why small world play is important
We love getting lost in our little worlds of play together. One of my favourite things is creating set ups to play. It's such an opportunity to get creative, which we rarely get as adults. I love letting our sensory kiddos take the lead. It's when I hear the best social communication, imaginative ideas and is a little insight into how my foster kids are doing emotionally. Below you will see some small world set ups we have created recently. We have even more ideas on our Instagram feed and Pinterest board.
We purchased this wonderful sticky tape road from Amazon. It sparked my imagination enough to create this city play. I turned used cereal boxes into skyscrapers and our favourite shops. I then recovered my old childhood Brio train track to add to the city. It was great seeing the excitement on my child's face to play with it. He kept going back to it throughout the day and creating different scenarios.
Truly great for supporting boys to create stories and imaginative play ready for writing. Also great for language development. I would say 'This train is fast' and see if the children understand my description by how they move the train. We can also count the carriages and describe the colours and shapes. Endless opportunities for play.
We attend our local forest school every week. On this particular week we were scavenging loose parts that we found along our walk. They included acorn shells, moss, twigs, gravel, bark chippings...etc. As we were collecting the bits I remembered creating a Fairy Garden when I was little and thought I could share this joy with my foster child. He was so excited and had lots of his own ideas too.
We started by finding a foil tray from our recycling bag and filling it with soil. We made a gravel path and added some greenery. Just then we heard a knock on the door. It was a postal delivery of the best kind! @melodiestreasures gifted us this beautiful basket of Montessori materials (see above), we included them immediately in what we were making. We used the bamboo tubes for seating and the wooden sticks for trees.
Of course every Fairy Garden needs a fairy house to go along side it. That will be our next project. For now we are going to keep our eyes peeled on walks for anything else we can add to our garden.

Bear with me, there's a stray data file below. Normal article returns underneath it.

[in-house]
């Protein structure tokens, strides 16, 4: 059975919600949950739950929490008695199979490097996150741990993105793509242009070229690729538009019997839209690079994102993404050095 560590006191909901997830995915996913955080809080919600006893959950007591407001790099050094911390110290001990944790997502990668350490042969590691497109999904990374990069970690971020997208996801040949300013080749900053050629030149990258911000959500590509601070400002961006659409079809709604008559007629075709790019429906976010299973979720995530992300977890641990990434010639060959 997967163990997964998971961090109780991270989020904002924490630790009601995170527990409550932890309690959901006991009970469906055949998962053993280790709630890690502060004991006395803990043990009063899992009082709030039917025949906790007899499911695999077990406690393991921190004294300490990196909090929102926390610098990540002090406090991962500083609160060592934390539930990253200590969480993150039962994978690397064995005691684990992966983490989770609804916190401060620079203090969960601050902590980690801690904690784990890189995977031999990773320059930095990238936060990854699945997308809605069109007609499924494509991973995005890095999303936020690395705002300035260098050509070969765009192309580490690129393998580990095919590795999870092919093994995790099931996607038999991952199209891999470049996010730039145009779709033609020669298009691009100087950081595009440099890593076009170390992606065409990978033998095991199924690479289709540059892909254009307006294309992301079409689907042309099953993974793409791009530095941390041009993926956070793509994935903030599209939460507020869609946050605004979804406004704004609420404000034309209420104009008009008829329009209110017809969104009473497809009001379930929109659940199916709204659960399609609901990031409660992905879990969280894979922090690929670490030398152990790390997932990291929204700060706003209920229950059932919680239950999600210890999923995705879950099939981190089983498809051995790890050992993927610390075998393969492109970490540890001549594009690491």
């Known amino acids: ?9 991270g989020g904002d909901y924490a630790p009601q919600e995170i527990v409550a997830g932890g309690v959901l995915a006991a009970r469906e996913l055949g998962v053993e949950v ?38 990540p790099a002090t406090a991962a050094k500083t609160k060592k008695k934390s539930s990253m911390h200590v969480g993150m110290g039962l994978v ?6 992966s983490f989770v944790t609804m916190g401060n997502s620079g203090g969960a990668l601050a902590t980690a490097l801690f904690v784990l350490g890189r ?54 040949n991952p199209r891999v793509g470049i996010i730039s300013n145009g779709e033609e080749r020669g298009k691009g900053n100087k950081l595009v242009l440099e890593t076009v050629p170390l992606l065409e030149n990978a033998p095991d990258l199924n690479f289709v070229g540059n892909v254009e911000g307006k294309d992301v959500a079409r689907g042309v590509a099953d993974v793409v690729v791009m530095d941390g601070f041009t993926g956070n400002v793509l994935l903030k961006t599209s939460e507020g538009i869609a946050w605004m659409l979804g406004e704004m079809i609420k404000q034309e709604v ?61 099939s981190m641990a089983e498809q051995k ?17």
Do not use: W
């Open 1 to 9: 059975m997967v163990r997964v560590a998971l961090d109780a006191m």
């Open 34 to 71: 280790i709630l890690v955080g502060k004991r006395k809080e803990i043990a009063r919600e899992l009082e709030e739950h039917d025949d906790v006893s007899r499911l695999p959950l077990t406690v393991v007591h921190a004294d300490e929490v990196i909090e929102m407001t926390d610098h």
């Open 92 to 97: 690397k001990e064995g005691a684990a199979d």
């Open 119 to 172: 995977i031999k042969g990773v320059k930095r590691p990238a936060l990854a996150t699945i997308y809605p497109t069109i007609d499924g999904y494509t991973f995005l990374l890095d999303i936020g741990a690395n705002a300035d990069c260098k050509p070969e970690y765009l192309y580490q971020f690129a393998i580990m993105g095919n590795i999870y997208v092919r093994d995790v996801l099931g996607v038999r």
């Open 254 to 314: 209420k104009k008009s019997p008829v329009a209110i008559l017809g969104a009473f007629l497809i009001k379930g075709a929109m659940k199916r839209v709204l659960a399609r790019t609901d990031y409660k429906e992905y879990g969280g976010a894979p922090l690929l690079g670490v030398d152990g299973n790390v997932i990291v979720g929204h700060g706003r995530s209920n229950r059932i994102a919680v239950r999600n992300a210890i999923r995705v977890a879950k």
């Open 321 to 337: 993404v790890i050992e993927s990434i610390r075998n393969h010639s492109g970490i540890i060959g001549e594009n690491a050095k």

Even though it takes lots of time and energy to create these beautifully perfect set ups to play, it is important to remember not to be precious about them. Try to turn off your OCD tendencies and just go with their game. Letting them take the lead is the best way to get the most out your small world play. This way our sensory kiddos will be more engaged and motivated to play along.
You can see from the photo on the right that my sensory kiddo wasn't as keen on the cute wooden farmyard play that I had in mind, instead choosing to play 'power ranger earthquake' instead. You know what, I got more language, more engagement and far more interest by just going with it. In the end I realised that I preferred all the materials muddled up in his chosen corner and I also preferred his lay out of the buildings. Take my advice when it comes to small world play. Set some basic ground rules, then let them take the lead. I promise you won't regret it.
The point is you don't have to purchase or even go out looking for small world play parts. Sometimes is a partly broken and very old pirate ship that has been forgotten about at the back of the cupboard. Your child has either forgotten about it or, like mine, doesn't really understand how to play with it in a conventional sense. By creating an exciting and inviting display you are transforming an old toy into part of a world. A world that is engaging for our sensory kids. Just by exploring the materials around the toy, they can take part in play. You, as the adult, can take an interest in what they are interested in. In this case it could be the shells, or the rice, the shiny materials or the pirate figures. Find the game with that object. It could be throwing the materials in the air so they land on your heads, or it could be adding voices to the characters and creating a scenario. This is not up to you and your ideas on play, it is totally up to your child. Let them take the lead.
For us, our play is always a 'disaster' scenario. The world hits bad weather or a natural disaster usually and everything gets destroyed. We act out the characters and the objects getting tossed and turned, all of the materials in tray are muddled up. We then usually end our play by setting out the world in a new way as the weather goes away. Totally taking his lead. There is no right or wrong way to play.
Have fun creating your small worlds, we would love you to share them with us using our tag #osk_smallworld over on Instagram.
Lots of sensory love,